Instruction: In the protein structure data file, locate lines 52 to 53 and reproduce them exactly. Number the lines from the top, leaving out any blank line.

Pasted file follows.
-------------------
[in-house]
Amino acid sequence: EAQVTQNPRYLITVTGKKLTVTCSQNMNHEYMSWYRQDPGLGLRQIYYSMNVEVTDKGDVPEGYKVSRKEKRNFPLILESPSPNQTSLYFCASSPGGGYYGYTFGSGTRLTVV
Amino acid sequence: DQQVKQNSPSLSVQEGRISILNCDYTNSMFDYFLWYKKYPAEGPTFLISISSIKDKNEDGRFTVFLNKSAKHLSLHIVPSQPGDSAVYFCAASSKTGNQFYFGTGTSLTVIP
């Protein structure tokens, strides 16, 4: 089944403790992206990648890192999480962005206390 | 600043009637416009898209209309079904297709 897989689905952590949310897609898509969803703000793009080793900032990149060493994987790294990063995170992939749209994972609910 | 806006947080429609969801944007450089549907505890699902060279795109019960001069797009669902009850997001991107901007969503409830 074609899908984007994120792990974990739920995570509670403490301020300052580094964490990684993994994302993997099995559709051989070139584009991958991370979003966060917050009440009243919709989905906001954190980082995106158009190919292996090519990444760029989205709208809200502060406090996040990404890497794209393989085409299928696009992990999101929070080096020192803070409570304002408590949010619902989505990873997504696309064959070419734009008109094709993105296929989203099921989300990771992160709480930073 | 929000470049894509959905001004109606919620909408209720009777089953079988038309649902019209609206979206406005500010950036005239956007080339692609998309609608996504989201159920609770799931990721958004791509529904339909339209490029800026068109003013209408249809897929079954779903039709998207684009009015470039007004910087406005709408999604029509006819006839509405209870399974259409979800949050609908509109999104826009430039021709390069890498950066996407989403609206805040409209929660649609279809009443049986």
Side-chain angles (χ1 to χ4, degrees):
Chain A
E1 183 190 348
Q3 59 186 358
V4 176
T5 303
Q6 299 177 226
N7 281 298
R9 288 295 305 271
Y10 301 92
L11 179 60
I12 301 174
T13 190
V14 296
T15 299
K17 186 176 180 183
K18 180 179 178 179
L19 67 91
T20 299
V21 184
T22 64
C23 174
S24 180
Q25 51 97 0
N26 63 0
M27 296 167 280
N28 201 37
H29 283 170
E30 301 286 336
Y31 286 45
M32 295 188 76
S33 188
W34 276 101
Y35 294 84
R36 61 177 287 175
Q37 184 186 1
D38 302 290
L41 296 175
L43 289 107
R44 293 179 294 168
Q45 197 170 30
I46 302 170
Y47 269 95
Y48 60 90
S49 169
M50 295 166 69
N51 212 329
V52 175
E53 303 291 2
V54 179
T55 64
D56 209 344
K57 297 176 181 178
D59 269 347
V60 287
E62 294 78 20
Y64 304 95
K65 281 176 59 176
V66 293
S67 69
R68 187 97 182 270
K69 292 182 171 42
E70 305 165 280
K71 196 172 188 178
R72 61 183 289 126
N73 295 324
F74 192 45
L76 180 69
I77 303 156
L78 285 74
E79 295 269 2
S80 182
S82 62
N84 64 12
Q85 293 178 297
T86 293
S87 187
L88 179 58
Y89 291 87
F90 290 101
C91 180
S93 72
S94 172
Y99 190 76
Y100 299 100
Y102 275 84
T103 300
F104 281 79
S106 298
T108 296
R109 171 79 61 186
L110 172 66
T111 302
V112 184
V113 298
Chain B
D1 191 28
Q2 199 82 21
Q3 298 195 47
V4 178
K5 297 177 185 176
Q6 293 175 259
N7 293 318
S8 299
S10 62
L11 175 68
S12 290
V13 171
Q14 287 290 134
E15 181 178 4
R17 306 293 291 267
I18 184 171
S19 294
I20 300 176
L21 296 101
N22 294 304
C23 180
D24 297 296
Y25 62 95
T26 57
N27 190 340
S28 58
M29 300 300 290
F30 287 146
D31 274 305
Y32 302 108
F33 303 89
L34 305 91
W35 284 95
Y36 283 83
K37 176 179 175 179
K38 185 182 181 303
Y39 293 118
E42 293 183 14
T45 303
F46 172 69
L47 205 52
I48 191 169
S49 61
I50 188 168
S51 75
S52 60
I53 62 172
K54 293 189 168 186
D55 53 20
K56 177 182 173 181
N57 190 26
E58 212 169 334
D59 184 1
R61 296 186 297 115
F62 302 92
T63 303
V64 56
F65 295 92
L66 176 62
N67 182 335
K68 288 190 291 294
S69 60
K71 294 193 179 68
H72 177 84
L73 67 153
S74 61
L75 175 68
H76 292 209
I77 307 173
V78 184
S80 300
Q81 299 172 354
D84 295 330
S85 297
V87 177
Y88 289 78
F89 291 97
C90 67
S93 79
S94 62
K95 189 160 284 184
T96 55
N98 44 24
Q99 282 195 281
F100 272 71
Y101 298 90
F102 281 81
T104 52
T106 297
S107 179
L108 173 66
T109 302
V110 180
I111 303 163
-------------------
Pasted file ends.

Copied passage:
V52 175
E53 303 291 2